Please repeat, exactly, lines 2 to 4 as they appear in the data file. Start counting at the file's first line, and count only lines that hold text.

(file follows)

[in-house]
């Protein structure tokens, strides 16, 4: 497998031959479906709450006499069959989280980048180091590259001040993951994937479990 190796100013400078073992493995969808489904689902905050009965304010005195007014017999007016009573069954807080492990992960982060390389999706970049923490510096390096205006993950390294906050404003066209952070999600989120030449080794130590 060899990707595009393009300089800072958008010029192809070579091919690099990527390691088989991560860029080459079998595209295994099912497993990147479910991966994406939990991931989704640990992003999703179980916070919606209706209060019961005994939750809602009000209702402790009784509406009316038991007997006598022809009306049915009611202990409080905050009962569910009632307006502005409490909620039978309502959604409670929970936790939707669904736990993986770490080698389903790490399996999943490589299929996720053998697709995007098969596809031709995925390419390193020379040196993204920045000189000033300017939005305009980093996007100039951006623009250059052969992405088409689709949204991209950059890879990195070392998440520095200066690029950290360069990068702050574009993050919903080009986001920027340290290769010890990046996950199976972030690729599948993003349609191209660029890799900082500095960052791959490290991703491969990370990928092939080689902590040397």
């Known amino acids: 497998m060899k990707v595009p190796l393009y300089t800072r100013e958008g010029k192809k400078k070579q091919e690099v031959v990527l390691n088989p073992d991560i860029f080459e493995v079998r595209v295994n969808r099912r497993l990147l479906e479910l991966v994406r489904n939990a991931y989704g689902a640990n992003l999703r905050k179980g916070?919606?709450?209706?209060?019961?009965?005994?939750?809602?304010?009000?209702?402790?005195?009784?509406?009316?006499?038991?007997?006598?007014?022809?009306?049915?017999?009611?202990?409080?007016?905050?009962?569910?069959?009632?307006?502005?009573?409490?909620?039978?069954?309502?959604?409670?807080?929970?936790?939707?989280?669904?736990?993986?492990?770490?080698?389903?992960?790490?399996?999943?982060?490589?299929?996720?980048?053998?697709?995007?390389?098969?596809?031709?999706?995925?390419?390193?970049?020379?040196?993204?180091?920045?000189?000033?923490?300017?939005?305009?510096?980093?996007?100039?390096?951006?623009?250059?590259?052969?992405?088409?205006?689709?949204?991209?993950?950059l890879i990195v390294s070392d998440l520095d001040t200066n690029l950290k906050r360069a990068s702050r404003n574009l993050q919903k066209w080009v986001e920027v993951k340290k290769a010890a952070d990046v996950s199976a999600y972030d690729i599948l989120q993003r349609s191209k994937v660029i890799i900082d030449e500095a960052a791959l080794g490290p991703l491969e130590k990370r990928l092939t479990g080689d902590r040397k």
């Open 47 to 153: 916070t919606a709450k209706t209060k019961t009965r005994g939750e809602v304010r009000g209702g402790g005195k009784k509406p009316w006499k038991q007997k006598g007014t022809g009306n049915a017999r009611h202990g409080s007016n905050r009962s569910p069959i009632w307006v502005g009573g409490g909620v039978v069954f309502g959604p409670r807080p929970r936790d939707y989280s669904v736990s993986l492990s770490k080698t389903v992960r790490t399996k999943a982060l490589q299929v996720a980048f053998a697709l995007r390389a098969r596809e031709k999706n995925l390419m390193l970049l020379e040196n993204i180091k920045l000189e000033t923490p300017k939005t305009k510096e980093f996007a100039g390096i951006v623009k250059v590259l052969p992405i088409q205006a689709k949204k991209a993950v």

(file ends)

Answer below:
């Protein structure tokens, strides 16, 4: 497998031959479906709450006499069959989280980048180091590259001040993951994937479990 190796100013400078073992493995969808489904689902905050009965304010005195007014017999007016009573069954807080492990992960982060390389999706970049923490510096390096205006993950390294906050404003066209952070999600989120030449080794130590 060899990707595009393009300089800072958008010029192809070579091919690099990527390691088989991560860029080459079998595209295994099912497993990147479910991966994406939990991931989704640990992003999703179980916070919606209706209060019961005994939750809602009000209702402790009784509406009316038991007997006598022809009306049915009611202990409080905050009962569910009632307006502005409490909620039978309502959604409670929970936790939707669904736990993986770490080698389903790490399996999943490589299929996720053998697709995007098969596809031709995925390419390193020379040196993204920045000189000033300017939005305009980093996007100039951006623009250059052969992405088409689709949204991209950059890879990195070392998440520095200066690029950290360069990068702050574009993050919903080009986001920027340290290769010890990046996950199976972030690729599948993003349609191209660029890799900082500095960052791959490290991703491969990370990928092939080689902590040397």
């Known amino acids: 497998m060899k990707v595009p190796l393009y300089t800072r100013e958008g010029k192809k400078k070579q091919e690099v031959v990527l390691n088989p073992d991560i860029f080459e493995v079998r595209v295994n969808r099912r497993l990147l479906e479910l991966v994406r489904n939990a991931y989704g689902a640990n992003l999703r905050k179980g916070?919606?709450?209706?209060?019961?009965?005994?939750?809602?304010?009000?209702?402790?005195?009784?509406?009316?006499?038991?007997?006598?007014?022809?009306?049915?017999?009611?202990?409080?007016?905050?009962?569910?069959?009632?307006?502005?009573?409490?909620?039978?069954?309502?959604?409670?807080?929970?936790?939707?989280?669904?736990?993986?492990?770490?080698?389903?992960?790490?399996?999943?982060?490589?299929?996720?980048?053998?697709?995007?390389?098969?596809?031709?999706?995925?390419?390193?970049?020379?040196?993204?180091?920045?000189?000033?923490?300017?939005?305009?510096?980093?996007?100039?390096?951006?623009?250059?590259?052969?992405?088409?205006?689709?949204?991209?993950?950059l890879i990195v390294s070392d998440l520095d001040t200066n690029l950290k906050r360069a990068s702050r404003n574009l993050q919903k066209w080009v986001e920027v993951k340290k290769a010890a952070d990046v996950s199976a999600y972030d690729i599948l989120q993003r349609s191209k994937v660029i890799i900082d030449e500095a960052a791959l080794g490290p991703l491969e130590k990370r990928l092939t479990g080689d902590r040397k």
């Open 47 to 153: 916070t919606a709450k209706t209060k019961t009965r005994g939750e809602v304010r009000g209702g402790g005195k009784k509406p009316w006499k038991q007997k006598g007014t022809g009306n049915a017999r009611h202990g409080s007016n905050r009962s569910p069959i009632w307006v502005g009573g409490g909620v039978v069954f309502g959604p409670r807080p929970r936790d939707y989280s669904v736990s993986l492990s770490k080698t389903v992960r790490t399996k999943a982060l490589q299929v996720a980048f053998a697709l995007r390389a098969r596809e031709k999706n995925l390419m390193l970049l020379e040196n993204i180091k920045l000189e000033t923490p300017k939005t305009k510096e980093f996007a100039g390096i951006v623009k250059v590259l052969p992405i088409q205006a689709k949204k991209a993950v």